As technology progressed its benefits seemed a little uneven. The middle classes were the biggest winners. Domestic life was improving rapidly as new inventions such as stoves enhanced the lifestyles of those who could afford them. Clothing of fine quality was widely available, and the shops were filling up with new inventions, new household utensils, new products imported from far and wide for those who prospered and had the finances to avail of them. The patent office was saturated with new ideas for domestic tools and equipment including new flytraps, household appliances, cleaning products and foodstuffs. While the middle classes enjoyed luxurious lives the poorer lived in squalid tenements. However, all seemed to welcome the age of technological change and all it’s gifts to mankind.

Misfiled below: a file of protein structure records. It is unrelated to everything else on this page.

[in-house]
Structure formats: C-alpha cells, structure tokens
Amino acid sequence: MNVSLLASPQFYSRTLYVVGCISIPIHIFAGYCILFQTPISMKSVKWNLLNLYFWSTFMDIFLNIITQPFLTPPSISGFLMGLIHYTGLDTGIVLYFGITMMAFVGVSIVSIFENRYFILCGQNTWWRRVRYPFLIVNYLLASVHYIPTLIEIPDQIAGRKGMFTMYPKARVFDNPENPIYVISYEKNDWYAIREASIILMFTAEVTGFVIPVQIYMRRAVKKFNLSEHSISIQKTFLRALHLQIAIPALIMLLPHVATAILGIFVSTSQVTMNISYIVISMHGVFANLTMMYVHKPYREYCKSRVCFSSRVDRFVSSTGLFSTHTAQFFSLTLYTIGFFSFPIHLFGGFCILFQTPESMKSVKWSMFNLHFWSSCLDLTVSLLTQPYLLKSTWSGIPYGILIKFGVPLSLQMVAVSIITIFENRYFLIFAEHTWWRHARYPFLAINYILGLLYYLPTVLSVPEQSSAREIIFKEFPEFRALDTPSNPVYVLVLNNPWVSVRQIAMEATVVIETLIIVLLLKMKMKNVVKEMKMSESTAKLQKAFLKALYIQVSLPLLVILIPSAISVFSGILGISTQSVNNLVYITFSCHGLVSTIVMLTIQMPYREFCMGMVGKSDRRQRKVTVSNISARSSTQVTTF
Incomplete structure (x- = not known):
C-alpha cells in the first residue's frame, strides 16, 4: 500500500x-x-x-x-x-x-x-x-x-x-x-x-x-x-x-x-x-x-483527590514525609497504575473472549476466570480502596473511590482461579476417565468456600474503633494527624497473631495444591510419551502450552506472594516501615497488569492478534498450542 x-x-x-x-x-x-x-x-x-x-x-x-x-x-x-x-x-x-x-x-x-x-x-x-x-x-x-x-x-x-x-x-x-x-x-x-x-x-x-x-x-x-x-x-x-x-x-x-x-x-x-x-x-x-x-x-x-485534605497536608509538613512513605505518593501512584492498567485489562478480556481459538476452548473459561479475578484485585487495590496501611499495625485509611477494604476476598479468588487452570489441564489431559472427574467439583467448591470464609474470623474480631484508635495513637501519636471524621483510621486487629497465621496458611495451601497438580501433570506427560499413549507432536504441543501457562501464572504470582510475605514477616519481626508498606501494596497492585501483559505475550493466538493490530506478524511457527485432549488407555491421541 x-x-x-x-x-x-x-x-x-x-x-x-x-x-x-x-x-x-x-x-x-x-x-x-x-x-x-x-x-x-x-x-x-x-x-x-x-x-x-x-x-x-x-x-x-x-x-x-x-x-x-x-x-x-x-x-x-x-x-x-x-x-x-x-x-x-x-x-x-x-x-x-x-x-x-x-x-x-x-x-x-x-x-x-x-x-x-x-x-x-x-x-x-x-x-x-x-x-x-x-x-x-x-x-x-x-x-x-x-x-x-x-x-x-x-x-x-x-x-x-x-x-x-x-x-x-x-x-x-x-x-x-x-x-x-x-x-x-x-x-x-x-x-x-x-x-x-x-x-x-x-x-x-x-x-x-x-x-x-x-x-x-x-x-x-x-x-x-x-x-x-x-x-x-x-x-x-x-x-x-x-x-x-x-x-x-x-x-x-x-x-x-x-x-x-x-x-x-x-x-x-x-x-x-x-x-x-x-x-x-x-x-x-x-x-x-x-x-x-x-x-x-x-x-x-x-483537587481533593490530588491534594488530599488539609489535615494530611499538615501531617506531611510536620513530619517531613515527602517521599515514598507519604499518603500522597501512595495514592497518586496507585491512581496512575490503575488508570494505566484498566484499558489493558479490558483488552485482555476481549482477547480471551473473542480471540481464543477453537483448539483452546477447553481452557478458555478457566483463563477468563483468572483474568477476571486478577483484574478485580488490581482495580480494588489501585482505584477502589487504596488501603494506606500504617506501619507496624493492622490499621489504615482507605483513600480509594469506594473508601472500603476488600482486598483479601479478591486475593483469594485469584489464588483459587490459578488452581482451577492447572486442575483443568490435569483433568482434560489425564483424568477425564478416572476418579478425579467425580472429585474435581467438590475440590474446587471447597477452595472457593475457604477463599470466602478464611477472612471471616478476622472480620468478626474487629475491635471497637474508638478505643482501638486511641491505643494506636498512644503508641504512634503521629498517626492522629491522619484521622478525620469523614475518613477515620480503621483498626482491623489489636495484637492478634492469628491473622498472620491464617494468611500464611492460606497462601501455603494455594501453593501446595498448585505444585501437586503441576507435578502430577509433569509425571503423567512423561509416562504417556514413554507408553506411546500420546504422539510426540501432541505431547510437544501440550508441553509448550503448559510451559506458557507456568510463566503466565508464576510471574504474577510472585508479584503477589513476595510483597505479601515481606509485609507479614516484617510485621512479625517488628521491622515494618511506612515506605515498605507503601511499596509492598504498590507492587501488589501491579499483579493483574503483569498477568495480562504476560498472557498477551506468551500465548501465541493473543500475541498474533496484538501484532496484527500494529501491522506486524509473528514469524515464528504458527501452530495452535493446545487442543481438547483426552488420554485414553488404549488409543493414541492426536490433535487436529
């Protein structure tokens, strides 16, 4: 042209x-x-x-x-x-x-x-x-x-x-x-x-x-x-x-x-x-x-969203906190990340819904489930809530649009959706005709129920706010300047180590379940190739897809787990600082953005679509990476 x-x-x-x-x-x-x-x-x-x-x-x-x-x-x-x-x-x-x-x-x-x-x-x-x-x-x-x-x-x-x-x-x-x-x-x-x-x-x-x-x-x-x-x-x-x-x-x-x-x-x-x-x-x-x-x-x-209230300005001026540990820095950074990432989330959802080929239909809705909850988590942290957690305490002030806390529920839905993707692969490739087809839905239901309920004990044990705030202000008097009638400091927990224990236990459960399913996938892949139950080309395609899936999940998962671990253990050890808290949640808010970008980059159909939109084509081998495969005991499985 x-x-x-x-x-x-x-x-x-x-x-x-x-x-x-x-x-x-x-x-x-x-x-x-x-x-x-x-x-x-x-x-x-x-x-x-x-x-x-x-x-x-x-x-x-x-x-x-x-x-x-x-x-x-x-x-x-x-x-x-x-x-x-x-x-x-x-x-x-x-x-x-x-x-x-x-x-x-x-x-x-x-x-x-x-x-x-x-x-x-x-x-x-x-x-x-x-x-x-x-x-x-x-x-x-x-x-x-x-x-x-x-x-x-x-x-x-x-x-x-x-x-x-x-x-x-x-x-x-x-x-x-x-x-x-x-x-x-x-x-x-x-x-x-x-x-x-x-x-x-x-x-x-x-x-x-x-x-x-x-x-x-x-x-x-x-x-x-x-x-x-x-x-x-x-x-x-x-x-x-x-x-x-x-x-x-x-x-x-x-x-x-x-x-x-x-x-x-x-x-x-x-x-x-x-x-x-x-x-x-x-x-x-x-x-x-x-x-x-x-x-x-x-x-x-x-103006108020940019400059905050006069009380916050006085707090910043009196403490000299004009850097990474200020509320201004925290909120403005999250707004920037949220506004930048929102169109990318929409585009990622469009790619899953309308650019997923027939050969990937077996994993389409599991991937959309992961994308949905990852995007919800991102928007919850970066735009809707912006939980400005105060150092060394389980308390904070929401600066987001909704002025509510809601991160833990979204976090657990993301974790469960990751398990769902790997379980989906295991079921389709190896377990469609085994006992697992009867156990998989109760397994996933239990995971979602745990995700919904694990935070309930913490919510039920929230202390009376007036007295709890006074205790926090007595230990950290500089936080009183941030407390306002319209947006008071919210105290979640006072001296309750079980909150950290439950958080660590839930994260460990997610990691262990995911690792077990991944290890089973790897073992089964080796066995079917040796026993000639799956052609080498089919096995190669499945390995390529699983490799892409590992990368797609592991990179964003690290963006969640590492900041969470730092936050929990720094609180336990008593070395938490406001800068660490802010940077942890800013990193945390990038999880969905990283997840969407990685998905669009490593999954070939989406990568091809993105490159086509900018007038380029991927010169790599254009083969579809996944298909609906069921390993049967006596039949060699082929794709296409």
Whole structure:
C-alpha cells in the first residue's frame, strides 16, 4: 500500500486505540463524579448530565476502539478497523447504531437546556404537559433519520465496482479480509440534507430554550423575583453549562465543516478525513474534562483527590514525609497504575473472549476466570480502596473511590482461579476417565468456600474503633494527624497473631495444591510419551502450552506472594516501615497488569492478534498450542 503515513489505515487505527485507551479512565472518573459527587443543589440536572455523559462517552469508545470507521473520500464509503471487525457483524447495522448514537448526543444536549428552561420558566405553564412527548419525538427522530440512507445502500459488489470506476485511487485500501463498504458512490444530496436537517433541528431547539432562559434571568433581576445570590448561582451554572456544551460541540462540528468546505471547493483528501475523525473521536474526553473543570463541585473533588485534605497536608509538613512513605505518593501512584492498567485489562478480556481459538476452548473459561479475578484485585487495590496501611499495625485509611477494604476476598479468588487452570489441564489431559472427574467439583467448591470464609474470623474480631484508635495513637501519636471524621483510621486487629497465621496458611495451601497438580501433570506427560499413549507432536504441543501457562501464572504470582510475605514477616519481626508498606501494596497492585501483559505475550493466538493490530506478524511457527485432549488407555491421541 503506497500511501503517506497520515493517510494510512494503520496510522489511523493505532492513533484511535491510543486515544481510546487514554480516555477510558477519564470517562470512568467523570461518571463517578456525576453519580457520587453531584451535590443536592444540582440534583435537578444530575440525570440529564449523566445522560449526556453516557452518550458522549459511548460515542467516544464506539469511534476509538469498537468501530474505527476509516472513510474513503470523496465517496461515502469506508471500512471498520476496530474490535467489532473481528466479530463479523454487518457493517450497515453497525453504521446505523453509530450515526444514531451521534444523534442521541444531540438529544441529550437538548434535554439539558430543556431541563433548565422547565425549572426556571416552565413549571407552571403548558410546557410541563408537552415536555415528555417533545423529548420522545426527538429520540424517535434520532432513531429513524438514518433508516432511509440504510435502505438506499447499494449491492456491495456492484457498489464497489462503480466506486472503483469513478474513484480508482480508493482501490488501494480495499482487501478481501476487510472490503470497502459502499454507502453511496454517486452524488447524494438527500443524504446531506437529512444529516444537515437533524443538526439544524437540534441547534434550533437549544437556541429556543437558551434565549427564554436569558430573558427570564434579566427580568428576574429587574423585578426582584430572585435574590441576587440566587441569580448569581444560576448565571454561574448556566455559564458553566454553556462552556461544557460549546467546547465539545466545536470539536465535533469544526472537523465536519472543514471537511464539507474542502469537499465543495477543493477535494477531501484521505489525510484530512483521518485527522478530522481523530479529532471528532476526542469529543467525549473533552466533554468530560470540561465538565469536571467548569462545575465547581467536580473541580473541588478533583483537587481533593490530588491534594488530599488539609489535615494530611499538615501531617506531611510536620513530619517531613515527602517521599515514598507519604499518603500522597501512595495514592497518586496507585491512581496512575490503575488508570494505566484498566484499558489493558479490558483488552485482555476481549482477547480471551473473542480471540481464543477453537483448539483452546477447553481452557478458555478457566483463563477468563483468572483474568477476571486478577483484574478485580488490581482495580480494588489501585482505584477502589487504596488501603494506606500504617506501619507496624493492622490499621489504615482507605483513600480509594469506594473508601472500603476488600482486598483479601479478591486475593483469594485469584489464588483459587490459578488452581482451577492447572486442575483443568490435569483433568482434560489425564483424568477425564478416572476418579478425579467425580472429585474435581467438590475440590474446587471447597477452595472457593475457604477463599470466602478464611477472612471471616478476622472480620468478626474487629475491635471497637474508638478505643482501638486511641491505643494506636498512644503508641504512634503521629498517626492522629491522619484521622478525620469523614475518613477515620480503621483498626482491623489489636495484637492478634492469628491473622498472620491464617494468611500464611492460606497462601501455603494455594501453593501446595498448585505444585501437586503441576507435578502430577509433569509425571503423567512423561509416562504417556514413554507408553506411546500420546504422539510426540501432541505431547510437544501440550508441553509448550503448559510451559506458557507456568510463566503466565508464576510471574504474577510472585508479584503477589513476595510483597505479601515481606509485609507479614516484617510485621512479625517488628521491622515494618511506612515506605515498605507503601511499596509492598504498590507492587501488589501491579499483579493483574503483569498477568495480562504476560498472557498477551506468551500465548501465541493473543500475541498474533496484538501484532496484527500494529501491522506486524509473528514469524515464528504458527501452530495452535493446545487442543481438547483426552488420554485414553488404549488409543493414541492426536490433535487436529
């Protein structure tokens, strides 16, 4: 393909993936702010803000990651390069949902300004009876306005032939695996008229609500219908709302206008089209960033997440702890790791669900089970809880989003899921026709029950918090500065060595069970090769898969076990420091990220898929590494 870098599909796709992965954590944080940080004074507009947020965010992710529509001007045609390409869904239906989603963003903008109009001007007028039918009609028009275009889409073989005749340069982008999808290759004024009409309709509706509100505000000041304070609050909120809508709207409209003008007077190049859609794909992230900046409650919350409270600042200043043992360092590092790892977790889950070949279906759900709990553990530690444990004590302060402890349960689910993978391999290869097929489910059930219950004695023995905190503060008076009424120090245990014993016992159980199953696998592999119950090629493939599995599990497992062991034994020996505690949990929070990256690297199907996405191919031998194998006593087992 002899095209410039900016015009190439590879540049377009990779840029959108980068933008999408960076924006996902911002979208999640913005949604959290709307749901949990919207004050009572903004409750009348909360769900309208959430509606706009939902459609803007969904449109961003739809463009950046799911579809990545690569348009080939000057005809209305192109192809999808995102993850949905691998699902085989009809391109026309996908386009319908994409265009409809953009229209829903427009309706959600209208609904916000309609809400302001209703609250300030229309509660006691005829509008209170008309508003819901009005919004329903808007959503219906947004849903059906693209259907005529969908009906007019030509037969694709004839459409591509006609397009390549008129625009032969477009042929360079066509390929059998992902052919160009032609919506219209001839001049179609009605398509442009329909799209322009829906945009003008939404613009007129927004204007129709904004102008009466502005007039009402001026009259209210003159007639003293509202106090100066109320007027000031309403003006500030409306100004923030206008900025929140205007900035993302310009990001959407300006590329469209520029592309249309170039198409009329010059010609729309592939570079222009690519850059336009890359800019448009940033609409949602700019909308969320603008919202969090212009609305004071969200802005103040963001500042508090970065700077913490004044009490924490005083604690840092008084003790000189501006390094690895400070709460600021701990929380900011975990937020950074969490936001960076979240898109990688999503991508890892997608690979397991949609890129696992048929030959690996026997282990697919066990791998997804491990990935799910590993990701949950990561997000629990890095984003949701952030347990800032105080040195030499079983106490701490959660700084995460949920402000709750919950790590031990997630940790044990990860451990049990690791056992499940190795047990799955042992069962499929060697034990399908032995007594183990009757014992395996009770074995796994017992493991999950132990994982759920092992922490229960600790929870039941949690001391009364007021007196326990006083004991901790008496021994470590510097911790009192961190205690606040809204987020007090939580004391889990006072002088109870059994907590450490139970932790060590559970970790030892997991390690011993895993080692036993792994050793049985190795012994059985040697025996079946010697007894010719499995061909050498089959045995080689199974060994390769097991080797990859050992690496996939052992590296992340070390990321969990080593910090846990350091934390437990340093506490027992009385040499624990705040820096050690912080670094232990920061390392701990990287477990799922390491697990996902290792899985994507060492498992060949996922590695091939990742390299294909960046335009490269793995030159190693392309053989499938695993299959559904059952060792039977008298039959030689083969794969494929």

Timber houses that had flourished in the early 19th century began to give way to more orderly rows of brick homes which were a response to rising land prices. Middle class homes were luxurious and elegant while working class housing, usually occupied by Irish Catholics and Free Blacks, were very rudimentary and designed for multiple families. These were known as tenements and mostly owned by ruthless Landlords charging exorbitant rents that could only be afforded by families sharing small rooms. Furnishings also elevated the class divide with the wealthier spending money on high class furnishings and ornaments usually placed in public areas of the home (like the parlor) where they could be seen by visitors while other parts of the home were furnished more sparsely. Rural living was a bit more comfortable as new styles and techniques of building enhanced comfort. Advancing transport systems gave rise to new materials and furnishings becoming widely available at friendly prices and thus middle class rural dwellers could live comfortable quite lives in relative luxury and tranquility which is what most people strived for.